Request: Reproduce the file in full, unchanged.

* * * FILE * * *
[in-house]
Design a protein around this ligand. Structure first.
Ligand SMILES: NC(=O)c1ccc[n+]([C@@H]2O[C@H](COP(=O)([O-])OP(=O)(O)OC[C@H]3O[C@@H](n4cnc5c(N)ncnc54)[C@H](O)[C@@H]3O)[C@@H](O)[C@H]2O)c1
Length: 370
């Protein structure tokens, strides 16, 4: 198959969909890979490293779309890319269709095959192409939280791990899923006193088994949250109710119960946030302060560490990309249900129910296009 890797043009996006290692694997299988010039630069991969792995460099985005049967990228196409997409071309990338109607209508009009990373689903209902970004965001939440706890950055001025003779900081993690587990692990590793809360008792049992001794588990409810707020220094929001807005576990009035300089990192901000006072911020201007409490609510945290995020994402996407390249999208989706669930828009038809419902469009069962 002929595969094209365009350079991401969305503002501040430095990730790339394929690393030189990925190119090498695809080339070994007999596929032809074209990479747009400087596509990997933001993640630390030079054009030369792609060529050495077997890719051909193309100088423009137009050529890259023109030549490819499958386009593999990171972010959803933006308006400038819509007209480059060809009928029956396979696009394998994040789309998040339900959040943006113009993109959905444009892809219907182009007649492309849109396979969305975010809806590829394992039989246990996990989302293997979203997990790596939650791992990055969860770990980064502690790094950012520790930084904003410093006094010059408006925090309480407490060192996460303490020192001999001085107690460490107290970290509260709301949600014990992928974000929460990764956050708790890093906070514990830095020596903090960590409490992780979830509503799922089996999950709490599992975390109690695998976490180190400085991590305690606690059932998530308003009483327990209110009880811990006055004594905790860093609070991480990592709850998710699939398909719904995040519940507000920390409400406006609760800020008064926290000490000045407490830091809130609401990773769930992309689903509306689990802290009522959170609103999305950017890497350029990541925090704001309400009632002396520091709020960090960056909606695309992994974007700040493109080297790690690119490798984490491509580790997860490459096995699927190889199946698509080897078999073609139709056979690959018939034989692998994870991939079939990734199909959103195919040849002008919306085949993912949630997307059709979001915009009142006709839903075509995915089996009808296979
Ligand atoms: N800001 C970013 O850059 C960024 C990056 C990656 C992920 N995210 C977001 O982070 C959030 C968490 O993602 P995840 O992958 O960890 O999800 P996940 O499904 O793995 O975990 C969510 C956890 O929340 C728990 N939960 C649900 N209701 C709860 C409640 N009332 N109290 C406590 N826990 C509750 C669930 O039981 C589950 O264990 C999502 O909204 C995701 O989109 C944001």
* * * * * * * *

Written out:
[in-house]
Design a protein around this ligand. Structure first.
Ligand SMILES: NC(=O)c1ccc[n+]([C@@H]2O[C@H](COP(=O)([O-])OP(=O)(O)OC[C@H]3O[C@@H](n4cnc5c(N)ncnc54)[C@H](O)[C@@H]3O)[C@@H](O)[C@H]2O)c1
Length: 370
């Protein structure tokens, strides 16, 4: 198959969909890979490293779309890319269709095959192409939280791990899923006193088994949250109710119960946030302060560490990309249900129910296009 890797043009996006290692694997299988010039630069991969792995460099985005049967990228196409997409071309990338109607209508009009990373689903209902970004965001939440706890950055001025003779900081993690587990692990590793809360008792049992001794588990409810707020220094929001807005576990009035300089990192901000006072911020201007409490609510945290995020994402996407390249999208989706669930828009038809419902469009069962 002929595969094209365009350079991401969305503002501040430095990730790339394929690393030189990925190119090498695809080339070994007999596929032809074209990479747009400087596509990997933001993640630390030079054009030369792609060529050495077997890719051909193309100088423009137009050529890259023109030549490819499958386009593999990171972010959803933006308006400038819509007209480059060809009928029956396979696009394998994040789309998040339900959040943006113009993109959905444009892809219907182009007649492309849109396979969305975010809806590829394992039989246990996990989302293997979203997990790596939650791992990055969860770990980064502690790094950012520790930084904003410093006094010059408006925090309480407490060192996460303490020192001999001085107690460490107290970290509260709301949600014990992928974000929460990764956050708790890093906070514990830095020596903090960590409490992780979830509503799922089996999950709490599992975390109690695998976490180190400085991590305690606690059932998530308003009483327990209110009880811990006055004594905790860093609070991480990592709850998710699939398909719904995040519940507000920390409400406006609760800020008064926290000490000045407490830091809130609401990773769930992309689903509306689990802290009522959170609103999305950017890497350029990541925090704001309400009632002396520091709020960090960056909606695309992994974007700040493109080297790690690119490798984490491509580790997860490459096995699927190889199946698509080897078999073609139709056979690959018939034989692998994870991939079939990734199909959103195919040849002008919306085949993912949630997307059709979001915009009142006709839903075509995915089996009808296979
Ligand atoms: N800001 C970013 O850059 C960024 C990056 C990656 C992920 N995210 C977001 O982070 C959030 C968490 O993602 P995840 O992958 O960890 O999800 P996940 O499904 O793995 O975990 C969510 C956890 O929340 C728990 N939960 C649900 N209701 C709860 C409640 N009332 N109290 C406590 N826990 C509750 C669930 O039981 C589950 O264990 C999502 O909204 C995701 O989109 C944001």